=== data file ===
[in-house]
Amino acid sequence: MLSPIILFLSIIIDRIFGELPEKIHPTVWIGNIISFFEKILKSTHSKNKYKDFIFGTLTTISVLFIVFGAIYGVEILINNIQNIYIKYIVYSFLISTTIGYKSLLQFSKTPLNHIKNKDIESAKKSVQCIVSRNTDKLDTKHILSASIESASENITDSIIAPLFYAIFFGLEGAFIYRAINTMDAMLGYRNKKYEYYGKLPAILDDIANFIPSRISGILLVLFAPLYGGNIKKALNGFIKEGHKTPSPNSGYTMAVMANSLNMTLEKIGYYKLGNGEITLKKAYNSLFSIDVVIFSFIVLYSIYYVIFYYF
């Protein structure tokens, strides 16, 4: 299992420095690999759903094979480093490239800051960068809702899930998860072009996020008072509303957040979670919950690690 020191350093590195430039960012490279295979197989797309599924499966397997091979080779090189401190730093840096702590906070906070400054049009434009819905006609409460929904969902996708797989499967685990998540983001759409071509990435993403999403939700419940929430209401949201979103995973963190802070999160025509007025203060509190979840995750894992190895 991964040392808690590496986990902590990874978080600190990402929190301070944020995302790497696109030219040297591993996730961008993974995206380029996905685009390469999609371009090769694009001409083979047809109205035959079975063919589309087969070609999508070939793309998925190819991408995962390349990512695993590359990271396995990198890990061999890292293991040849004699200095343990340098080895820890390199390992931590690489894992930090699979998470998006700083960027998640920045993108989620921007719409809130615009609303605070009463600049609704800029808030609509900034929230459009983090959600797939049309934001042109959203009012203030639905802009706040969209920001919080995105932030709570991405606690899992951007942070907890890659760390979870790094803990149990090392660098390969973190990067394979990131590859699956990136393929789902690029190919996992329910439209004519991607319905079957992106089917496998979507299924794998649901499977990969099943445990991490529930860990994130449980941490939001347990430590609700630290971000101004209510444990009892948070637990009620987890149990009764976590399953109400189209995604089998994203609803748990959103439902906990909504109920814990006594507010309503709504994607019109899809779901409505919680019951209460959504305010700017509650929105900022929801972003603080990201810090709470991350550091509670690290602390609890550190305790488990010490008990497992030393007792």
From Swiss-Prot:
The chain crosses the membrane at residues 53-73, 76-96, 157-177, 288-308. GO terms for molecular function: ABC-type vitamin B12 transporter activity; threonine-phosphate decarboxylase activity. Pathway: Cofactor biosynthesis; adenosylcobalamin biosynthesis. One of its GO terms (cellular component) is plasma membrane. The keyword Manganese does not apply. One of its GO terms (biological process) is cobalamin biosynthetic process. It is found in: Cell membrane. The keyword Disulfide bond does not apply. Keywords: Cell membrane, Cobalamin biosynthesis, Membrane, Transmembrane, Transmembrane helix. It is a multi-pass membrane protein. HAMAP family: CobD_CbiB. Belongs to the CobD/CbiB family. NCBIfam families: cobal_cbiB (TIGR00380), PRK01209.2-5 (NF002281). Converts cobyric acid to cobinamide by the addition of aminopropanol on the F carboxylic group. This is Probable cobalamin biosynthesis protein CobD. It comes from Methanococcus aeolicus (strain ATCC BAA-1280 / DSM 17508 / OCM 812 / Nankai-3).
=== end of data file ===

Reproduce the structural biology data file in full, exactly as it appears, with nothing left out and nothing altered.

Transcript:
[in-house]
Amino acid sequence: MLSPIILFLSIIIDRIFGELPEKIHPTVWIGNIISFFEKILKSTHSKNKYKDFIFGTLTTISVLFIVFGAIYGVEILINNIQNIYIKYIVYSFLISTTIGYKSLLQFSKTPLNHIKNKDIESAKKSVQCIVSRNTDKLDTKHILSASIESASENITDSIIAPLFYAIFFGLEGAFIYRAINTMDAMLGYRNKKYEYYGKLPAILDDIANFIPSRISGILLVLFAPLYGGNIKKALNGFIKEGHKTPSPNSGYTMAVMANSLNMTLEKIGYYKLGNGEITLKKAYNSLFSIDVVIFSFIVLYSIYYVIFYYF
């Protein structure tokens, strides 16, 4: 299992420095690999759903094979480093490239800051960068809702899930998860072009996020008072509303957040979670919950690690 020191350093590195430039960012490279295979197989797309599924499966397997091979080779090189401190730093840096702590906070906070400054049009434009819905006609409460929904969902996708797989499967685990998540983001759409071509990435993403999403939700419940929430209401949201979103995973963190802070999160025509007025203060509190979840995750894992190895 991964040392808690590496986990902590990874978080600190990402929190301070944020995302790497696109030219040297591993996730961008993974995206380029996905685009390469999609371009090769694009001409083979047809109205035959079975063919589309087969070609999508070939793309998925190819991408995962390349990512695993590359990271396995990198890990061999890292293991040849004699200095343990340098080895820890390199390992931590690489894992930090699979998470998006700083960027998640920045993108989620921007719409809130615009609303605070009463600049609704800029808030609509900034929230459009983090959600797939049309934001042109959203009012203030639905802009706040969209920001919080995105932030709570991405606690899992951007942070907890890659760390979870790094803990149990090392660098390969973190990067394979990131590859699956990136393929789902690029190919996992329910439209004519991607319905079957992106089917496998979507299924794998649901499977990969099943445990991490529930860990994130449980941490939001347990430590609700630290971000101004209510444990009892948070637990009620987890149990009764976590399953109400189209995604089998994203609803748990959103439902906990909504109920814990006594507010309503709504994607019109899809779901409505919680019951209460959504305010700017509650929105900022929801972003603080990201810090709470991350550091509670690290602390609890550190305790488990010490008990497992030393007792």
From Swiss-Prot:
The chain crosses the membrane at residues 53-73, 76-96, 157-177, 288-308. GO terms for molecular function: ABC-type vitamin B12 transporter activity; threonine-phosphate decarboxylase activity. Pathway: Cofactor biosynthesis; adenosylcobalamin biosynthesis. One of its GO terms (cellular component) is plasma membrane. The keyword Manganese does not apply. One of its GO terms (biological process) is cobalamin biosynthetic process. It is found in: Cell membrane. The keyword Disulfide bond does not apply. Keywords: Cell membrane, Cobalamin biosynthesis, Membrane, Transmembrane, Transmembrane helix. It is a multi-pass membrane protein. HAMAP family: CobD_CbiB. Belongs to the CobD/CbiB family. NCBIfam families: cobal_cbiB (TIGR00380), PRK01209.2-5 (NF002281). Converts cobyric acid to cobinamide by the addition of aminopropanol on the F carboxylic group. This is Probable cobalamin biosynthesis protein CobD. It comes from Methanococcus aeolicus (strain ATCC BAA-1280 / DSM 17508 / OCM 812 / Nankai-3).